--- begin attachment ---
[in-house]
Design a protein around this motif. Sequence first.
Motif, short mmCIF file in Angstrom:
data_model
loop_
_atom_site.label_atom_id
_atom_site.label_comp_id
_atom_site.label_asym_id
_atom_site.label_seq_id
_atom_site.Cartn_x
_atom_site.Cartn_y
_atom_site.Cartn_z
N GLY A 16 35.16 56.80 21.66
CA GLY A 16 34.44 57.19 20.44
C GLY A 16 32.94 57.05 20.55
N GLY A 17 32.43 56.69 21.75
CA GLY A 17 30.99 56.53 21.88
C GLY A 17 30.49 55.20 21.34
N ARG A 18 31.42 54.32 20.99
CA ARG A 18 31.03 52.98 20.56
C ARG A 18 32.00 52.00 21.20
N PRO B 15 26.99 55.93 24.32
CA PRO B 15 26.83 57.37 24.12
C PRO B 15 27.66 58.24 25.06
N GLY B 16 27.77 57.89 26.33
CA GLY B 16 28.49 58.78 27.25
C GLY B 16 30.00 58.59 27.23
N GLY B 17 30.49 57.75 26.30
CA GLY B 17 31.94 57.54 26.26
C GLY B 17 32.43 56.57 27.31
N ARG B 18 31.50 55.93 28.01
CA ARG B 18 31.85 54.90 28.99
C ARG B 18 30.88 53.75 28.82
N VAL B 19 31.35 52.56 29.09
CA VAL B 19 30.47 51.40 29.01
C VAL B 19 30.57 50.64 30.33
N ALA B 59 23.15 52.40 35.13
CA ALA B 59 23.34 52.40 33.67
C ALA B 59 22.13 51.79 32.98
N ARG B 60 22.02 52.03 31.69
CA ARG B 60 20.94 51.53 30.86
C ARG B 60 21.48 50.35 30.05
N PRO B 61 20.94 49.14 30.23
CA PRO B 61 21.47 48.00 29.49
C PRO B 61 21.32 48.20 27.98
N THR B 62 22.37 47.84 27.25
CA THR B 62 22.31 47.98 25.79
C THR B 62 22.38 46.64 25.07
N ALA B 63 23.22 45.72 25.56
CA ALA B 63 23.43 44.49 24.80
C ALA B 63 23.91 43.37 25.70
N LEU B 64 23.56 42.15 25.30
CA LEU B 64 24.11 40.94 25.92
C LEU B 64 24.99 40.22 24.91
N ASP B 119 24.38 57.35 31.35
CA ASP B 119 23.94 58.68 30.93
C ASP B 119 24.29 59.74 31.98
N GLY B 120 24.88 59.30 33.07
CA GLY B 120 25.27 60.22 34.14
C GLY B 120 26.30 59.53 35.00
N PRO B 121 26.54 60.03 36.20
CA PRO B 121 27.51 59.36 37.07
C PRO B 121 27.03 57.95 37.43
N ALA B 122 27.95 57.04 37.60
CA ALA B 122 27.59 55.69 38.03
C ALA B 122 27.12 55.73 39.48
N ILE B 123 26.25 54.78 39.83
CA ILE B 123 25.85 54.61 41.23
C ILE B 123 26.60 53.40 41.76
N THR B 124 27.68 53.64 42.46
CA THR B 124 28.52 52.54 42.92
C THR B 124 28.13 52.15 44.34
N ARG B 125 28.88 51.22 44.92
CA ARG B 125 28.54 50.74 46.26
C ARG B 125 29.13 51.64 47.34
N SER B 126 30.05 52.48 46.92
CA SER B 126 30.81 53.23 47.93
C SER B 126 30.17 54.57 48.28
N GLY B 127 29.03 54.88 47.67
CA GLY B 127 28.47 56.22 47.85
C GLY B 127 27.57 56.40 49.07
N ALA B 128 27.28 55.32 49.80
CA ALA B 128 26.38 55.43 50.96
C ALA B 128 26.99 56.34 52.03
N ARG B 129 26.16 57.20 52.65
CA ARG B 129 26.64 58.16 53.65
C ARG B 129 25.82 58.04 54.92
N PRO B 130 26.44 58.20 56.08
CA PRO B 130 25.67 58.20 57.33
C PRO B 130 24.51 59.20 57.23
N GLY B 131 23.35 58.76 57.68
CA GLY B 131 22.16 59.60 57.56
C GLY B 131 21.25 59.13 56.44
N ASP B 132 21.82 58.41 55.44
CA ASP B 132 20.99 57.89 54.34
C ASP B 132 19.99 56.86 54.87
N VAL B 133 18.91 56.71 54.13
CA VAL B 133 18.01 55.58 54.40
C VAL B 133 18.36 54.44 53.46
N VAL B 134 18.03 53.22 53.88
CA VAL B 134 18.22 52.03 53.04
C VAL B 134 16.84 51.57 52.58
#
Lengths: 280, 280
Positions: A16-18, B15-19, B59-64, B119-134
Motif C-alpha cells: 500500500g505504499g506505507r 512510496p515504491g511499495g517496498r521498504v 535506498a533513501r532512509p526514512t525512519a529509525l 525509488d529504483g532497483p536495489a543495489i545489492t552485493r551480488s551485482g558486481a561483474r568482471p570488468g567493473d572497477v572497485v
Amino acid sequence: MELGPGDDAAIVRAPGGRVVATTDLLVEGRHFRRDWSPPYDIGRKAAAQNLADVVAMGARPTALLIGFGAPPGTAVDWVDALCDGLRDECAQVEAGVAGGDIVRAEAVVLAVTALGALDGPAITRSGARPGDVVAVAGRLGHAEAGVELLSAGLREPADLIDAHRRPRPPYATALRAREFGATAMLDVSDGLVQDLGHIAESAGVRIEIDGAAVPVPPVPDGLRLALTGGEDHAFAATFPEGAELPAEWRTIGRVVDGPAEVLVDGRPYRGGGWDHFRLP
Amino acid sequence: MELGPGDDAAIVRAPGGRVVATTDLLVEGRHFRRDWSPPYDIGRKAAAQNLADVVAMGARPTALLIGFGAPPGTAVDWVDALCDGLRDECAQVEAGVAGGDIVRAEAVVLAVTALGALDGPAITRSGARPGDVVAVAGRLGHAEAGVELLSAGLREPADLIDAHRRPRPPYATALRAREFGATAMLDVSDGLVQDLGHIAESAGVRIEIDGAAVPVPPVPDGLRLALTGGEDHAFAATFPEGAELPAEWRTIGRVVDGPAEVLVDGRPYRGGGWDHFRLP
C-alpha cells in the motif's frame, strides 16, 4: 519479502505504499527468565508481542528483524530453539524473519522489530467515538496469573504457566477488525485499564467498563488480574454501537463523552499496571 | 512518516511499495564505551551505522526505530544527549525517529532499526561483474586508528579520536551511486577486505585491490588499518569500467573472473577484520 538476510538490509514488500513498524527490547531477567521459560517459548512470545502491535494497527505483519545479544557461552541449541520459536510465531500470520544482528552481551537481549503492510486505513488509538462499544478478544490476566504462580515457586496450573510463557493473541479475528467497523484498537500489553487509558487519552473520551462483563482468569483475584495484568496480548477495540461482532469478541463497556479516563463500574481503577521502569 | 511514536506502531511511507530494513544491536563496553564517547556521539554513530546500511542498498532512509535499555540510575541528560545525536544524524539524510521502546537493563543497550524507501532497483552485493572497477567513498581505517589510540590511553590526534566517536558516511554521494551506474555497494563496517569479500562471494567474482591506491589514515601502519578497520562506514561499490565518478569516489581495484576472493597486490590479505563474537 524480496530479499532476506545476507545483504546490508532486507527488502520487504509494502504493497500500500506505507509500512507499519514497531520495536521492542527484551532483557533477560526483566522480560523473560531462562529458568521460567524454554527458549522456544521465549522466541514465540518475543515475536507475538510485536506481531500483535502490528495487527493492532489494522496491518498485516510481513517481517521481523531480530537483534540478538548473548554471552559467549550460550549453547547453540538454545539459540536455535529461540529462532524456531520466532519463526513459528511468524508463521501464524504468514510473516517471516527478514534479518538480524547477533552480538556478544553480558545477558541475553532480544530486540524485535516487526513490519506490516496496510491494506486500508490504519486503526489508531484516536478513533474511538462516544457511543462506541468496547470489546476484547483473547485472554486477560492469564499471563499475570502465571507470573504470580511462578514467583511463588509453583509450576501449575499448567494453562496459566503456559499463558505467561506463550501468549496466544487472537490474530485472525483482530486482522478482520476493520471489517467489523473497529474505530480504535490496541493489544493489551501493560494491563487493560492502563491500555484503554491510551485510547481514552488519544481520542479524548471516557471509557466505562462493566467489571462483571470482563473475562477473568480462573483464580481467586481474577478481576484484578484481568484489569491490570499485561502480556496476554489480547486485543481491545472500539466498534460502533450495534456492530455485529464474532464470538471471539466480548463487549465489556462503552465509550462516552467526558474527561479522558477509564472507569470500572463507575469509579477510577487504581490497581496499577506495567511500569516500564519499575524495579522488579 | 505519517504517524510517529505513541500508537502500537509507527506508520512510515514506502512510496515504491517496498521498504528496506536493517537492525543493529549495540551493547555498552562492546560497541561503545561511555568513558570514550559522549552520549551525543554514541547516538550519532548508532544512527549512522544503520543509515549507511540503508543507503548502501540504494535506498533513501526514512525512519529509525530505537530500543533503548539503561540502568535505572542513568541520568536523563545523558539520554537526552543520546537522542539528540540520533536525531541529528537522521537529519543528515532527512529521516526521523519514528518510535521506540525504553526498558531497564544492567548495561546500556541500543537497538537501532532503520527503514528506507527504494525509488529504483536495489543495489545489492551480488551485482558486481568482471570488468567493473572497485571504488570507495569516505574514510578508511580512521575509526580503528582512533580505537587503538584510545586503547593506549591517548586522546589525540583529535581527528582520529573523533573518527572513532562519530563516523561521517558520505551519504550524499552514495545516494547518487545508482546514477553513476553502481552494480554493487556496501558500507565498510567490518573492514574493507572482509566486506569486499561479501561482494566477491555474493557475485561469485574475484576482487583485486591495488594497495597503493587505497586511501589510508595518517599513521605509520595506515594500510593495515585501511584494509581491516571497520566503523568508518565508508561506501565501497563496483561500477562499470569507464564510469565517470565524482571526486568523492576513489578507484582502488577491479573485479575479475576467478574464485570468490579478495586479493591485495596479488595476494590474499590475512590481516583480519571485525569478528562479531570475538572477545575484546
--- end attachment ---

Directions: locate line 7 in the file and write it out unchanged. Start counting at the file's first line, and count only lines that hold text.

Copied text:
_atom_site.label_comp_id